Coming soon to a "Law & Order" episode, probably, is this story involving New York law. David Policano, who was convicted some years ago of murder, was freed recently by the 2d Circuit Court of Appeals although Policano does not dispute that he killed the victim -- in fact, his defense was that the killing was intentional.
Policano got into a fight with Terry Phillips in 1997, and Phillips evidently won, smashing Policano's face with a metal pipe and sending him to the hospital. "I'll take care of this" myself, Policano told police, despite the fact that police should generally be near the bottom of the list of people you tell you are planning a murder, and Policano did take care of it himself. Six days later he walked up to Phillips at a bus stop and shot him in the head. Result: conviction, 25-to-life.
But wait. New York law is evidently unsettled as to the practice of charging alternate and inconsistent theories, as prosecutors did in Policano's case. That is, they charged him with intentionally shooting Phillips but also with shooting him "recklessly under circumstances evincing a depraved indifference to human life." Both are theories of second-degree murder under New York law and both carry the same penalty, but obviously they involve different intent standards. The jury convicted on "depraved indifference" but acquitted Policano of intentional murder. Now, I would think "I'll take care of this" shows premeditation anyway (maybe they thought he meant his face). But surely these facts show deliberate intent and not just reckless behavior.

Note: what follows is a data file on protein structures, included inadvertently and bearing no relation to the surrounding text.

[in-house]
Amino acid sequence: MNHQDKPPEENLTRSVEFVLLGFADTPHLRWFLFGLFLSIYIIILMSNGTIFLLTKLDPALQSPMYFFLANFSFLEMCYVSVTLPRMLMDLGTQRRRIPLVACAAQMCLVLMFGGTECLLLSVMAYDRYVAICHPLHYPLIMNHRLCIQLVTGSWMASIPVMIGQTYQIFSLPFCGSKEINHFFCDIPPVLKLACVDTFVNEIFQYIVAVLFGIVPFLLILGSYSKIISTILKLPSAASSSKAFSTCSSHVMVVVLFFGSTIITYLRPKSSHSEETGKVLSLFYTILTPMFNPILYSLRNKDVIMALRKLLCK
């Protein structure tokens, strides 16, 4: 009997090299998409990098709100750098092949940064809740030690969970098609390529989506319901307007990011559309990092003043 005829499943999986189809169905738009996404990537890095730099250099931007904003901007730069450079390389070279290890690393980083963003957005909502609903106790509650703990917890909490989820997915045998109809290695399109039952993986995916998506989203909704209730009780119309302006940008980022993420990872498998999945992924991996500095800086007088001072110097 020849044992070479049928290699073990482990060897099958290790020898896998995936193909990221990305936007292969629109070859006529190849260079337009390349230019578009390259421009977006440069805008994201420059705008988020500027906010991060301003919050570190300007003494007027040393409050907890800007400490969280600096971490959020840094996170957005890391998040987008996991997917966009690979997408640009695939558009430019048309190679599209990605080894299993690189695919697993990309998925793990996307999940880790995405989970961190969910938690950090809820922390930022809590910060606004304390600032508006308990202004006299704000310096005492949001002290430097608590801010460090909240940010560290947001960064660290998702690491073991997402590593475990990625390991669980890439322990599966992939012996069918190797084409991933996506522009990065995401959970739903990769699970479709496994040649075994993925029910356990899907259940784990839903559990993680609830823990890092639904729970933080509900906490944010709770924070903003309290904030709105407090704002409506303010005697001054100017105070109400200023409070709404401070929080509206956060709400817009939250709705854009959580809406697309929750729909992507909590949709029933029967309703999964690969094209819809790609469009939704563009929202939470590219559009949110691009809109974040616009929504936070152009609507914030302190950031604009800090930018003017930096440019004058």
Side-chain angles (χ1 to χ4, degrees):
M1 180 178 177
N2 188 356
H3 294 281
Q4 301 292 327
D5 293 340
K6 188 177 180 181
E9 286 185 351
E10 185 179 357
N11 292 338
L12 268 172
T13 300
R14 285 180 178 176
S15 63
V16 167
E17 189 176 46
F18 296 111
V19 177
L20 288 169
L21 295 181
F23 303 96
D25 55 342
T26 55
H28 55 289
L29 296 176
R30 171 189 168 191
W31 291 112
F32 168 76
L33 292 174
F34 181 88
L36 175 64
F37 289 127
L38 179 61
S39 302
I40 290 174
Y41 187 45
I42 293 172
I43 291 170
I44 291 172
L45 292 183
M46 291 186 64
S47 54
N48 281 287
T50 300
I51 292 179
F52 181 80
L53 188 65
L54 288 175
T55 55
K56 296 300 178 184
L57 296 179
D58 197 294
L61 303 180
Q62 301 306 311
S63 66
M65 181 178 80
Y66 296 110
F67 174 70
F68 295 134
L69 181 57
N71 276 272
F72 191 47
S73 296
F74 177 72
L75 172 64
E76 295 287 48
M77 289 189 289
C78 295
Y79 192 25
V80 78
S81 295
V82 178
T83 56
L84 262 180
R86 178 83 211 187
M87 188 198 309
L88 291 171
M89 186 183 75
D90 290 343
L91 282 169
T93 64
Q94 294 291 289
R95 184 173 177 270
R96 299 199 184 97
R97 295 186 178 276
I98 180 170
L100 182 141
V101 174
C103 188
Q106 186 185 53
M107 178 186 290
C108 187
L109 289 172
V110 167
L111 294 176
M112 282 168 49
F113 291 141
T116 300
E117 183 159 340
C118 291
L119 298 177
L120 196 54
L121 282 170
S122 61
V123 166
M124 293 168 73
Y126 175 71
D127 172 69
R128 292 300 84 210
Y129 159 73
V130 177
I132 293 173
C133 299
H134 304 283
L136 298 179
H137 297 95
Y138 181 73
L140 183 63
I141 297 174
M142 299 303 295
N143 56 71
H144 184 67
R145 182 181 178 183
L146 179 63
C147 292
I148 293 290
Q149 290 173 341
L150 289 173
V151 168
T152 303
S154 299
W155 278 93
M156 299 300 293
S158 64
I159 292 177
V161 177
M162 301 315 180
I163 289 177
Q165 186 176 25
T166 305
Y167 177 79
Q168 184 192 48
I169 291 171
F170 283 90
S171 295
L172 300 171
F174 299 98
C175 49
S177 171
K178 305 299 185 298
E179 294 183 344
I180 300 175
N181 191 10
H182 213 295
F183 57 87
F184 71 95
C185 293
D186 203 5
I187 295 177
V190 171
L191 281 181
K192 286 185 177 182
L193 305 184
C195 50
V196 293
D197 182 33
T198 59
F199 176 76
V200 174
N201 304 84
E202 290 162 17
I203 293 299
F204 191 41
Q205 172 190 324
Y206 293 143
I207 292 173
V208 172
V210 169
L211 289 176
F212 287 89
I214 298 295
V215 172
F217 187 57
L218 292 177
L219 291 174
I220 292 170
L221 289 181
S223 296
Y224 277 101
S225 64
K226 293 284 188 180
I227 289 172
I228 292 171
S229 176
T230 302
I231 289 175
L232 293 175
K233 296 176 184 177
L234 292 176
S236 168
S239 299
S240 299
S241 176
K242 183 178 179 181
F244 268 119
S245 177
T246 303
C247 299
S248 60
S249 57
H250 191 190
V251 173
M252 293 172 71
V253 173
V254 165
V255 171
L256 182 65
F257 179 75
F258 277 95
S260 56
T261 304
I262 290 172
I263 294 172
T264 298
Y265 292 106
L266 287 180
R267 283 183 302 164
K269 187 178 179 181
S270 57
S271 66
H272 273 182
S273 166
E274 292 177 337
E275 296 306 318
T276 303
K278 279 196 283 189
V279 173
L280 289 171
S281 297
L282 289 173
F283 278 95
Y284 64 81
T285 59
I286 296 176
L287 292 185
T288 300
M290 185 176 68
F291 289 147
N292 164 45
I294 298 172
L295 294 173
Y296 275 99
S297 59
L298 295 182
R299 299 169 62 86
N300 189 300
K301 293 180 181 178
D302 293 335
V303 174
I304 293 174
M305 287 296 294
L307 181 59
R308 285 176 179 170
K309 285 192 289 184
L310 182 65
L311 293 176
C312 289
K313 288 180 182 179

That's what the 2d Circuit said. On a writ of habeas corpus, the court found that no rational juror could have concluded that the killing was only "reckless," and that charging him with recklessness in the first place via the use of inconsistent theories violated Policano's due process rights. And since the jury acquitted Policano of the intentional killing, he walks, and double jeopardy prevents the State from trying him again for the murder.
The panel of course realized that it was a bit "disturbing" to set a defendant free "because he meant to kill his victim," but it felt it had no choice under the law. As the ABA Journal put it, "Had Policano accidentally shot Phillips while waving his gun wildly in the air, he likely would have remained a convicted murderer sitting in prison." But since the evidence showed the killing was deliberate and intentional, he is now a free man. "If someone fires eight shots at someone and yells, 'Die, die, die,'" said a counsel to the DA's office, "that's pretty clear intent." So, yelling "Die, die, die" is more likely to get you off the hook than claiming it was an accident. Got it -- I think.
Cases now pending before the state's highest court may put an end to this problem, or not.